Aurelijus Zykas

I was born in Kaunas, the most Japanese town of Lithuania, and more than a half of my life was directly related to Japan and Japanese studies. In 1997 I started learning Japanese language, and later used opportunities of studies and fellowships in Japan, including those in Kanazawa University (1999), Waseda University (2003) and Japan Foundation (2009, 2014). 

As I wanted to contribute my knowledge and abilities back in my country, for last 10 years I have been managing the Centre for Asian Studies in my Alma  Mater, Vytautas Magnus University (VMU). Together with our small team we were able to turn it to an important hub of Japanese studies in Eastern Europe. During this period I was coordinating more than 20 different international projects that resulted as joint research publications, academic events, or helped to improve infrastructure. During 10 years our Center not only launched two very successful studies programs, created new important resources, and established close ties with dozens of Japanese universities, but also has become an important and very visible part of city's (and even country's) life.

Development of VMU Library funds in Asian studies is one of my achievements I am proud about. It was one of the objectives I raised from the first days of my work at VMU, and the collection was developed from almost zero to almost ten thousand items (the biggest part of it consists of Japan-related resources). This was achieved only with minimal expenditures by the University. Of course, it is not very big collection if compared to the cases of Western universities, however, this achievement looks differently in the context of East European countries that started Asian studies from nothing only some decades ago and still have very limited access to the international networks and resources.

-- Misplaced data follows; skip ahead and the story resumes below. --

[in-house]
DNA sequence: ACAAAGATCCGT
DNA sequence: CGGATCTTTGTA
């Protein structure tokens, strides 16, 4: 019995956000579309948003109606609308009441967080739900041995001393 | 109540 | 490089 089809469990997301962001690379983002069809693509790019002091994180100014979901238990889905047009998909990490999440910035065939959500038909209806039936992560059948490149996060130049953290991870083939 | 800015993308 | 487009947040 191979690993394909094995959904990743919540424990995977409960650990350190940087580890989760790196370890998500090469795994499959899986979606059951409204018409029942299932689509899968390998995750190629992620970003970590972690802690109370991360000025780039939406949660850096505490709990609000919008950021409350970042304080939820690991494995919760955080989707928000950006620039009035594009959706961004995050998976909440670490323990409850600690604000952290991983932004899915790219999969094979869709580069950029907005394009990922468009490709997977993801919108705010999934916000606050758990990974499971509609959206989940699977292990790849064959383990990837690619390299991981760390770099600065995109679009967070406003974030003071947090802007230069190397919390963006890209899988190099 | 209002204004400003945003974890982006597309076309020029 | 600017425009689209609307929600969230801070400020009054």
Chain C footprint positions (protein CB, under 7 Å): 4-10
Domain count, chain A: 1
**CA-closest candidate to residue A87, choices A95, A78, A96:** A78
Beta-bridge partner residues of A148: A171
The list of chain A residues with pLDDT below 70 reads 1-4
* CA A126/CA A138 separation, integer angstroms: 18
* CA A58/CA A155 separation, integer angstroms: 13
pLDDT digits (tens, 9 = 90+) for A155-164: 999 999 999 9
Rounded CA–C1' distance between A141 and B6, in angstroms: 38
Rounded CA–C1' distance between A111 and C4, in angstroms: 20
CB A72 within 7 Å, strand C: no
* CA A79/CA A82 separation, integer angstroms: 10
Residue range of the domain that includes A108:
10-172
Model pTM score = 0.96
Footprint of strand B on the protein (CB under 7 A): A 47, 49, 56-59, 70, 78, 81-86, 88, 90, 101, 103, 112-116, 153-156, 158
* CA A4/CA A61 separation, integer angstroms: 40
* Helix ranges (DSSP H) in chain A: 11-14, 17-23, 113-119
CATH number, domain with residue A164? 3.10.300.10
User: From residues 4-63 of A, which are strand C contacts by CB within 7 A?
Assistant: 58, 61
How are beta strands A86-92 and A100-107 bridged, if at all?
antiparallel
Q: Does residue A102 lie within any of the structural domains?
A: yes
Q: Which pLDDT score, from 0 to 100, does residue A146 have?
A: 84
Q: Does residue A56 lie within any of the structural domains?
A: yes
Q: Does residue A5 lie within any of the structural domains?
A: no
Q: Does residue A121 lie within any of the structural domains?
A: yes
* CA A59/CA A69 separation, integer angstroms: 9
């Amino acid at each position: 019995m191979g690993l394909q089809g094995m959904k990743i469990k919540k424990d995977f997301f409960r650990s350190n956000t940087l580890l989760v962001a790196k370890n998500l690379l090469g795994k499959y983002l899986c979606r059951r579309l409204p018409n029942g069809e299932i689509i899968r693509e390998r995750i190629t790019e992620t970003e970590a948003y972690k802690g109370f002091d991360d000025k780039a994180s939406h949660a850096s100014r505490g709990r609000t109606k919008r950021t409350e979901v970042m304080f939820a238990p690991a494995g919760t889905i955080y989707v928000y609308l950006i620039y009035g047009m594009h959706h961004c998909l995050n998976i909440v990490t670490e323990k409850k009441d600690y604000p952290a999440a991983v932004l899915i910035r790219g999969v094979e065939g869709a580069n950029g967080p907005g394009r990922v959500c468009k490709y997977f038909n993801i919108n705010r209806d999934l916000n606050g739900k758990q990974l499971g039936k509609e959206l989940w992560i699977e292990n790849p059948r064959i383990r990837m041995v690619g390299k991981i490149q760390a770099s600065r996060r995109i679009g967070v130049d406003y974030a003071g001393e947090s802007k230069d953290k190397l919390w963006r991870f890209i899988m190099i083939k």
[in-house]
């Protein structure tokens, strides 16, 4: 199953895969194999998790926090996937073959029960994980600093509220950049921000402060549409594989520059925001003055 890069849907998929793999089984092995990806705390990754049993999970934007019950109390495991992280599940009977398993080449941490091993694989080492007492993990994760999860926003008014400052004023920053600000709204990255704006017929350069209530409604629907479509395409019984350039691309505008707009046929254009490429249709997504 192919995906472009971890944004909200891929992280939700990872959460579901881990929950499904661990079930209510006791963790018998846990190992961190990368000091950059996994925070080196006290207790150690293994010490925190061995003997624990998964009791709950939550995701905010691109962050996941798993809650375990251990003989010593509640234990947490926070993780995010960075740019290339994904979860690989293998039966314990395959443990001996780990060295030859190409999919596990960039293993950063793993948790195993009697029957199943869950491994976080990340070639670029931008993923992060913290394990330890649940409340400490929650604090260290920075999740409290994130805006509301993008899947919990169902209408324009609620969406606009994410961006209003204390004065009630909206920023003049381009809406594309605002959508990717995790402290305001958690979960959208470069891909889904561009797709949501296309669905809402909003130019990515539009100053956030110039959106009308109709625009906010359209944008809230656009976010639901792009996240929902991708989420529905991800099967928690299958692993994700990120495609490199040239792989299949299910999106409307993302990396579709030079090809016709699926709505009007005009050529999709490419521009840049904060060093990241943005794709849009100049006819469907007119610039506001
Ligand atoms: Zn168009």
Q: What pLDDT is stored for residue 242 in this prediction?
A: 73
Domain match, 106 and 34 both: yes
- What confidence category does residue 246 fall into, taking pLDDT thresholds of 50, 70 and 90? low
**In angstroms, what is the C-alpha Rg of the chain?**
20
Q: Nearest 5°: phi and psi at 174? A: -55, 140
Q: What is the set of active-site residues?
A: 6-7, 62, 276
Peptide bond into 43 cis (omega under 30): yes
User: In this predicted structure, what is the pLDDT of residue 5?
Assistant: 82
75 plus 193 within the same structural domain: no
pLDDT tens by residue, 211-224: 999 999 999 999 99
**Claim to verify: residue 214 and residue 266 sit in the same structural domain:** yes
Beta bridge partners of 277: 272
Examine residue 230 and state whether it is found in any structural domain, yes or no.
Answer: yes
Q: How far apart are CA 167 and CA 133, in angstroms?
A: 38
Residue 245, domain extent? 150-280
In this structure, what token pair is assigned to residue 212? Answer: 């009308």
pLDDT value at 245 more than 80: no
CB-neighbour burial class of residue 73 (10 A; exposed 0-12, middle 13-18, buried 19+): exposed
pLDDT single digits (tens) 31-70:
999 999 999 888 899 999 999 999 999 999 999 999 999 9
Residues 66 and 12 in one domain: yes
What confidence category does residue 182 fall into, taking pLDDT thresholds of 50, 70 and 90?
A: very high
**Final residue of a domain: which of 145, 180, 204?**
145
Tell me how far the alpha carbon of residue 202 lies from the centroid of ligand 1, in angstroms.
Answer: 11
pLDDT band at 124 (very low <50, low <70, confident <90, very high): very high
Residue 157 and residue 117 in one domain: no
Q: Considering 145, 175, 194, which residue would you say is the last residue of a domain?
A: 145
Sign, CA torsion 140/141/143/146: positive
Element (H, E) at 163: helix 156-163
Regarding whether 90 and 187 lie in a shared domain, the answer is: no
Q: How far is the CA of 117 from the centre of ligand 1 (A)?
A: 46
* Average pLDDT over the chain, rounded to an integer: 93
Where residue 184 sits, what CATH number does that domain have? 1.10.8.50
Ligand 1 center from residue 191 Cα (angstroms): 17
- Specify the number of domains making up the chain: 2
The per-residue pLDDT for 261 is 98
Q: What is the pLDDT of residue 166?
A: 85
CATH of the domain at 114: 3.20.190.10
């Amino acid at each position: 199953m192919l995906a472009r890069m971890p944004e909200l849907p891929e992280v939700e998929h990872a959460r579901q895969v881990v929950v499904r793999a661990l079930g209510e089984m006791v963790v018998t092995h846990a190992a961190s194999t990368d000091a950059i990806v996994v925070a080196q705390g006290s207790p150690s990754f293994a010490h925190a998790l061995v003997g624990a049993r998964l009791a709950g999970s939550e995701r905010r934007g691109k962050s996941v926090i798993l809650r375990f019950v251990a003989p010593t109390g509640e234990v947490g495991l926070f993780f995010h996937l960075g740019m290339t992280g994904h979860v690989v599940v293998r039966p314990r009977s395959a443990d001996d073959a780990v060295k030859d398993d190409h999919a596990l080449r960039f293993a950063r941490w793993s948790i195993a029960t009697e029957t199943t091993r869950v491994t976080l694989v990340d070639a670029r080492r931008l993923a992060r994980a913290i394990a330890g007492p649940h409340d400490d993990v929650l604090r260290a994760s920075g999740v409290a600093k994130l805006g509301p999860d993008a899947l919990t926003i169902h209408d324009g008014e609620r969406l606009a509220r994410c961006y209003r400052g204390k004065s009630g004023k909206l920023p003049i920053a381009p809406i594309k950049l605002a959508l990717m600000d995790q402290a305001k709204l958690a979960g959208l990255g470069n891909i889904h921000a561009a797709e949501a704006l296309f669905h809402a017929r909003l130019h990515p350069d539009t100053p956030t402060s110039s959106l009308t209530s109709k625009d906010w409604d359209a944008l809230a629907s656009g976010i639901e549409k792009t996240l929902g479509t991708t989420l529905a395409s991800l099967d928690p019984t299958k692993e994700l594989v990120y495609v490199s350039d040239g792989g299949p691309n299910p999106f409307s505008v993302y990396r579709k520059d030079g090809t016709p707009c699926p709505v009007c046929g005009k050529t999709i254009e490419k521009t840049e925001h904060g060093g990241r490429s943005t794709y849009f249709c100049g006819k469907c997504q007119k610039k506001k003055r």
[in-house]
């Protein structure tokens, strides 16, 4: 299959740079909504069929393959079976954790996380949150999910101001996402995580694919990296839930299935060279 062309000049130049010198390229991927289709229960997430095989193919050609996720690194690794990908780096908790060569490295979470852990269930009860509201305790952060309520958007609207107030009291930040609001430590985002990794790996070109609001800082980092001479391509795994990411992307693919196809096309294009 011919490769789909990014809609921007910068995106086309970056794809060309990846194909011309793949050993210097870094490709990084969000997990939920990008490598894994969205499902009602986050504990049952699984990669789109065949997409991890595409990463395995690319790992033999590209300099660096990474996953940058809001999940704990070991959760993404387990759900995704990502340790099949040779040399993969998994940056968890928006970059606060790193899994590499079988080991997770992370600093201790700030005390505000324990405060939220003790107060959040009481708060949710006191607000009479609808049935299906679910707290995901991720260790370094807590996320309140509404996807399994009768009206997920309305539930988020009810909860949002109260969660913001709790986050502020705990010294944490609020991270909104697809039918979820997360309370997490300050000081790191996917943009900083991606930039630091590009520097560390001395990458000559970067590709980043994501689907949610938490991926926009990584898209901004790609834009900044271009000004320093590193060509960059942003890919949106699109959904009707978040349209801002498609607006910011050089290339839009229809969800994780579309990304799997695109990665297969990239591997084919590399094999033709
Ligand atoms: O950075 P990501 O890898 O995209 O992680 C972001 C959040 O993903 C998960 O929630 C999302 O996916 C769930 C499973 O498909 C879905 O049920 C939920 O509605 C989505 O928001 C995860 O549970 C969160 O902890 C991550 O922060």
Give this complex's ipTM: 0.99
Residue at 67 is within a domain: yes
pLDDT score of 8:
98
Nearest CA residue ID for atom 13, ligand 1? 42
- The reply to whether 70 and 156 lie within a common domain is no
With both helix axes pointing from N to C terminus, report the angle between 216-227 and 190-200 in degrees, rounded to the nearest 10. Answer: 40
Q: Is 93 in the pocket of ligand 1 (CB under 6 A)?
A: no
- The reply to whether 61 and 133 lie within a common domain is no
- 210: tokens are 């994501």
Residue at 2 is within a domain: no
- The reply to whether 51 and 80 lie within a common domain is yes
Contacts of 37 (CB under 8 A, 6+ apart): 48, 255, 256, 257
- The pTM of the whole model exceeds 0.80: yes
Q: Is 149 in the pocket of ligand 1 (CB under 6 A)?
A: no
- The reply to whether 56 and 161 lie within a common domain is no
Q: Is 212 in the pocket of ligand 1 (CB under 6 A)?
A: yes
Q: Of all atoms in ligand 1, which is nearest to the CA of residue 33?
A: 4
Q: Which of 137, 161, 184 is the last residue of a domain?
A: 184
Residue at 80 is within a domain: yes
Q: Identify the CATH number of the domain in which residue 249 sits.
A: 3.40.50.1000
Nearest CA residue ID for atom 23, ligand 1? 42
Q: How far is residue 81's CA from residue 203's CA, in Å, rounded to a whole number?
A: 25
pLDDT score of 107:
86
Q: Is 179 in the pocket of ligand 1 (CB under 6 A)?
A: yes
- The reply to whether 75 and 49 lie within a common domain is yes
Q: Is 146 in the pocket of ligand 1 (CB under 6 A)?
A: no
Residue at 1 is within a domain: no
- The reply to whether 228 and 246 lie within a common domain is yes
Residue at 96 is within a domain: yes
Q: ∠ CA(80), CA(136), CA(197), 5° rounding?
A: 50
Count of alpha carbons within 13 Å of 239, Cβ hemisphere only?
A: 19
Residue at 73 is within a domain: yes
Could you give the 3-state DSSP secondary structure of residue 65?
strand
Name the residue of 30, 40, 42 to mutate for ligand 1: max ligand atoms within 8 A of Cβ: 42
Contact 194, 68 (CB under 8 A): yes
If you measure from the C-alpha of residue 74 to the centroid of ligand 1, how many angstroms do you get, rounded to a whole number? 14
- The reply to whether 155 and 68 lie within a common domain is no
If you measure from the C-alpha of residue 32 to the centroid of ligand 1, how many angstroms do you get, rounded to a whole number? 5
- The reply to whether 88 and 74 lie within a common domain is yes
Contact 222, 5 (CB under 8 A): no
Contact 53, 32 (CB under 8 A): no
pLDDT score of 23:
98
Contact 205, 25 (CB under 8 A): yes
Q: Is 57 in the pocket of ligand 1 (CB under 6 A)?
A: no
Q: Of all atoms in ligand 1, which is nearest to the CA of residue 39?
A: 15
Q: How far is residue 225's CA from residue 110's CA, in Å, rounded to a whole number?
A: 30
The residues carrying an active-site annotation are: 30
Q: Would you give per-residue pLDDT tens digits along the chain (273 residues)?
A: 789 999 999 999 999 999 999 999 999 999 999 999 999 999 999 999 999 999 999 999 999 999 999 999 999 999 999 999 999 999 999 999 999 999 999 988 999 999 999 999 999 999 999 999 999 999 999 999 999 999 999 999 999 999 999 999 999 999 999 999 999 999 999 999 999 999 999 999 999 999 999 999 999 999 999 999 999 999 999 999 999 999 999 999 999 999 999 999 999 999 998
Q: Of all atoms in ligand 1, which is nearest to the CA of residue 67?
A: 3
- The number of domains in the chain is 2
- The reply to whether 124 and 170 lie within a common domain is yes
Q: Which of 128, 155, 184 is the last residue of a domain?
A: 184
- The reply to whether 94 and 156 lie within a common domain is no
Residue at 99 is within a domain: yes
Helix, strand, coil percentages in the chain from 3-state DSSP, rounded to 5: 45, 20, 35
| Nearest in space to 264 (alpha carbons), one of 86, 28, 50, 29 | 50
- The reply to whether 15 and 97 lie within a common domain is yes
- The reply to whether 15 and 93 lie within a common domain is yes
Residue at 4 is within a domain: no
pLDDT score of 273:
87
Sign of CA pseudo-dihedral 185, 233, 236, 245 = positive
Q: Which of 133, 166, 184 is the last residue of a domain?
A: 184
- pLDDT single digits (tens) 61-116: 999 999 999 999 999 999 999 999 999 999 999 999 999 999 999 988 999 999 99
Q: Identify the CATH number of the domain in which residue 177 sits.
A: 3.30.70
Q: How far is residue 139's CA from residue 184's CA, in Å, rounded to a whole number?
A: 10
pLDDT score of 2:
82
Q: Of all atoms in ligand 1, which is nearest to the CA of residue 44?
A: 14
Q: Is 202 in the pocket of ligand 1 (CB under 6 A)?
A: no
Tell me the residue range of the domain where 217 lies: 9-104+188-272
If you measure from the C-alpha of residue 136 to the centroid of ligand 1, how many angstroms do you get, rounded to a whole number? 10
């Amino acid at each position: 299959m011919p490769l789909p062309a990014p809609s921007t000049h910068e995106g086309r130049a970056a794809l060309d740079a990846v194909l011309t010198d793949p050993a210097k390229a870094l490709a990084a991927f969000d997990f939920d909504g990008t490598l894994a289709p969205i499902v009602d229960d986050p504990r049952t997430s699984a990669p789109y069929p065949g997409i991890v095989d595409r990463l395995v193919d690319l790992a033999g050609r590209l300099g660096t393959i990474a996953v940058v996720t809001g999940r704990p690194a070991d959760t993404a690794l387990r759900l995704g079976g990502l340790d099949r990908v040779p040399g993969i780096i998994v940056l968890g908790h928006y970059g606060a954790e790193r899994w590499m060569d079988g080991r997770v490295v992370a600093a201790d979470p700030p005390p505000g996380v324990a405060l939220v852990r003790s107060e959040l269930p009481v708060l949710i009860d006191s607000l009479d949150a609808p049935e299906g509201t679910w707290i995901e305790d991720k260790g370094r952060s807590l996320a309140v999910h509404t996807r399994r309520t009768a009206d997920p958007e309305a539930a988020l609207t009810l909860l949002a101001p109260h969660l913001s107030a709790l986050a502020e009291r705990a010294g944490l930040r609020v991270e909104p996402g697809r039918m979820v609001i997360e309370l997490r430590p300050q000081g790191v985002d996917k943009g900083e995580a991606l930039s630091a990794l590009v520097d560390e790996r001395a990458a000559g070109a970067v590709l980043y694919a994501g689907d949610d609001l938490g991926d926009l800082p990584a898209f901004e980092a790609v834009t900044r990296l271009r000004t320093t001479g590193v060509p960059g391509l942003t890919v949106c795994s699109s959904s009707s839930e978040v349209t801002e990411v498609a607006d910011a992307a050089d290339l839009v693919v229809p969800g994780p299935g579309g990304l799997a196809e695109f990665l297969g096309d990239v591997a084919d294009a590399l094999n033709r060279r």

I believe that in the 21st Century even more emphasis should be put on the electronic resources. Thus, the issues related to digitalization, global access, and wide range of e-publication, should be actively discussed and solved. By developing this attitude, our team in Kaunas launched some successful projects, such as (database of Asian Studies resources in Lithuania), (Japanese language textbook for Lithuanians) and (Japanese-Lithuanian dictionary), showing positive examples of electronic resources.

Although I am still new member of EAJRS, and I am not directly a specialist on Japanese resources, in my activities I have been dealing with Japanese resources from various perspectives: as researcher, creator and manager. Therefore, I feel I have some understanding about the successful management of resources, and also I could contribute my insights from the perspective of smaller countries of Europe with less developed possibilities. I do understand, that my personal possibilities are very limited. However, if possible, I would like to contribute to the development of EAJRS as much as I can.

I will be glad if you kindly consider my application.
Introduction of Asian studies in Kaunas (including 11 minutes video of 2015):